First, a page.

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Public chimes in on nuisance proposals

Aug 29, 2013 -- 11:49am

Southeast Missourian

 

Many of you had questions or suggestions at a public meeting Wednesday night on Cape Girardeau's planned efforts to overhaul nuisance rules.  About 40 people attended the meeting at the Osage Centre, where they were given handouts detailing a committee's recommendations for the ordinances. The committee consisted of members of the  police, public works and inspection departments. The committee's recommendations include changes to existing ordinances or new ordinances or procedures that cover graffiti, unlicensed vehicles, open storage, vacant properties, chronic nuisances and fines.

 Thomas M. Meyer, a local real estate agent, asked the committee to "use common sense" about a new ordinance that would declare any building unoccupied for more than six months a public nuisance and require property owners to obtain a permit and join a registry. Others suggested adding nuisance abatement proposals, such as not allowing garbage bags to be placed outside cans. They also suggested that ordinances should require the city to make every effort to notify property owners of a violation before issuing a ticket. Repeated violations of high weeds should be included in an ordinance covering chronic nuisances, and that fines increase for repeated violations. Another suggestion was the ordinances cover properties occupied by hoarders. Gail Hoffman asked the city to consider exceptions for violators cannot afford immediate action. City manager Scott Meyer said the city will weigh input on all the issues, along with what is constitutionally allowed and the city's ability to withstand any legal challenges. A tentative timeline for the council to vote on the changes is before the end of the year.

 

( See the details at www.960kzim.com)

 

*  For graffiti, a new ordinance would require an owner or responsible party to keep property clear of graffiti and remove it within 15 days of receiving notice by the city, or be charged for abatement.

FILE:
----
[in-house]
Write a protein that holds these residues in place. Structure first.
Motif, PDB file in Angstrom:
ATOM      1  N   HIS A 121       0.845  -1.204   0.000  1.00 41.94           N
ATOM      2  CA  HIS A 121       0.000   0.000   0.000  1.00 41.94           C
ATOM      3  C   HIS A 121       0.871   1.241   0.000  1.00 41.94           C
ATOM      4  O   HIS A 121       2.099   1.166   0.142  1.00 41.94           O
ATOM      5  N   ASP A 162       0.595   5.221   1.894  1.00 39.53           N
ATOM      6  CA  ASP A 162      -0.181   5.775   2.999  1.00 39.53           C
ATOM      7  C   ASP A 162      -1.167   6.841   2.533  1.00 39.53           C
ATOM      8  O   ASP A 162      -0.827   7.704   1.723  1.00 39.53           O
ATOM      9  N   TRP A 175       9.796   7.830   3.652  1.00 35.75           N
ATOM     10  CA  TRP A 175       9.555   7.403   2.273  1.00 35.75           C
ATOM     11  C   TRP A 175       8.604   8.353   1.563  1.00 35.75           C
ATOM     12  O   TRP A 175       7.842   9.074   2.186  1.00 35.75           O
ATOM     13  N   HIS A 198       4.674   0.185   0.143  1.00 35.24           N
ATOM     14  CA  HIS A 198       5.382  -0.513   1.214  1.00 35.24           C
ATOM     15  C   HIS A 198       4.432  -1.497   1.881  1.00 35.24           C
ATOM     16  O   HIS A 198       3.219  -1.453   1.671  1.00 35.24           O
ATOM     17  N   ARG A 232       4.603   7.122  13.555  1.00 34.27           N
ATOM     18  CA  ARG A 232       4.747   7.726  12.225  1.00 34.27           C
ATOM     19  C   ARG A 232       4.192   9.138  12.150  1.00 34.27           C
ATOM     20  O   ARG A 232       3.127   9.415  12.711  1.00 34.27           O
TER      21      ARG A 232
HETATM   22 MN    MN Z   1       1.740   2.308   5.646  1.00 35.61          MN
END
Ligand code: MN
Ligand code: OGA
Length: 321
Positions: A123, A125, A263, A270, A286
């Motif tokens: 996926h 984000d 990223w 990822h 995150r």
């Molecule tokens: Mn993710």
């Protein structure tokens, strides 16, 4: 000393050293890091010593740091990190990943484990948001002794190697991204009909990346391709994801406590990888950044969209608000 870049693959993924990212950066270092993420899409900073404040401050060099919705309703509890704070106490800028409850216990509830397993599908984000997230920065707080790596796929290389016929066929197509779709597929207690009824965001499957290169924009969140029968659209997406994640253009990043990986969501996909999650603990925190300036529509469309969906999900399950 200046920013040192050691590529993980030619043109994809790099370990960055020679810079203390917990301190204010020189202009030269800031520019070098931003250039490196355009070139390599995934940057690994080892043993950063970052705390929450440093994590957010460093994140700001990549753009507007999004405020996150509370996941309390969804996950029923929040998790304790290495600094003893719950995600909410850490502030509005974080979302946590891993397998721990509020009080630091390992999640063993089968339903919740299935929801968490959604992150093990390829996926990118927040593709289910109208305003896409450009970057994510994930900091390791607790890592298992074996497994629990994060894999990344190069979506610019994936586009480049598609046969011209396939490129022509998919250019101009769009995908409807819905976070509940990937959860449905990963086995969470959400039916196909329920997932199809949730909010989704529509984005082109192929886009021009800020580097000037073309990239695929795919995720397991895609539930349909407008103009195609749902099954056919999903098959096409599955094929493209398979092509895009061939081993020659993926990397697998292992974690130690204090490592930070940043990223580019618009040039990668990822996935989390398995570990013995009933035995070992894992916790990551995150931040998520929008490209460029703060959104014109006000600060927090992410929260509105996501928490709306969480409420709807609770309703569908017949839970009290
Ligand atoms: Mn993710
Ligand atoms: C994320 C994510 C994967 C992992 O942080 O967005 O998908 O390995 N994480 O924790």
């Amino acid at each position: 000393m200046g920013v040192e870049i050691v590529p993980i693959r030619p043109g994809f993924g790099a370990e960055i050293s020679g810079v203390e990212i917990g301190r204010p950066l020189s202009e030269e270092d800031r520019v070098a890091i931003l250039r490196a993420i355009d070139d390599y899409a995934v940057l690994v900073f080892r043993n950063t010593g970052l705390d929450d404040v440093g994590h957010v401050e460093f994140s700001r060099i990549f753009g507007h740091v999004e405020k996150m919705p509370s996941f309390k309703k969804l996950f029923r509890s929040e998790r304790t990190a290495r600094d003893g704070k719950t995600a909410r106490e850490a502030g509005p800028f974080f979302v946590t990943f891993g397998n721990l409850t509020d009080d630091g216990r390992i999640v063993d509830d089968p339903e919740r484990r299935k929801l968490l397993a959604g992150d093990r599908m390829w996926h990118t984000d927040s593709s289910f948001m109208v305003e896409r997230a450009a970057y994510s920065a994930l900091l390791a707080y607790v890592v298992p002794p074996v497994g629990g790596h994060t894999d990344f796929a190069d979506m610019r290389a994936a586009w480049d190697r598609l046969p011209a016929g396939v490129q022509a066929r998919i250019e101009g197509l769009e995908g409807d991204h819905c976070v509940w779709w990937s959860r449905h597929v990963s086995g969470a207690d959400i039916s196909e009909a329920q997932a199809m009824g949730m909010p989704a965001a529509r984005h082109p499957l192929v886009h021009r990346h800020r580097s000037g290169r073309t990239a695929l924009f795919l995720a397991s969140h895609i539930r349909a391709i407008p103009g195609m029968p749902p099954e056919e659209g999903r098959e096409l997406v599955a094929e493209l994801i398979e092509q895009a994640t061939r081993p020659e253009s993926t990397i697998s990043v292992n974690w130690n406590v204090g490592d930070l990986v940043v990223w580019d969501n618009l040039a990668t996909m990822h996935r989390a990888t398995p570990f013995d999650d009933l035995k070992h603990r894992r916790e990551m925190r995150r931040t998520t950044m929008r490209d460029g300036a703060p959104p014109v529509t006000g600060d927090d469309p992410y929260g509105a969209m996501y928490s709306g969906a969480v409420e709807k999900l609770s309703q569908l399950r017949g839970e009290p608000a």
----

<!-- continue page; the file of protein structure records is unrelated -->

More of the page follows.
* Unlicensed vehicles would be considered a "damaged or disabled vehicle," so current ordinances pertaining to unlicensed vehicles would be more easily enforced.

 * Open storage of certain items, or "junk," would be prohibited. Some items in the ordinance would be cans, indoor furniture, building supplies not neatly stacked, machine and vehicle parts, pallets, inoperable appliances, scrap metal and tires. The items would not be allowed to be visible from any location where they could be seen off the premises. People responsible would have five days from the time they received a notice from the city to remove items, or the city would remove the items and bill the responsible party.

* Property unoccupied for six months would be declared a public nuisance under a new vacant building ordinance. Property owners would have to obtain an annual permit for $100 for any buildings remaining vacant more than six months and secure the building to prevent unlawful entry.

 

 * Properties where specific illegal activities are recurring would be deemed "chronic nuisances," and a hearing would determine the declaration's validity. A property owner would have to submit an improvement plan if a property were to be closed by the city. The property would remain closed until all issues were resolved and, if the city were to abate the issues, the owner would be issued a special tax bill for the cost.

 

* Language in the city code relating to abatement of nuisances would change, because the procedure for enforcement and hearings doesn't cover all nuisances.

 

* Fines would change from "up to $500" for a violation to $125 per violation.

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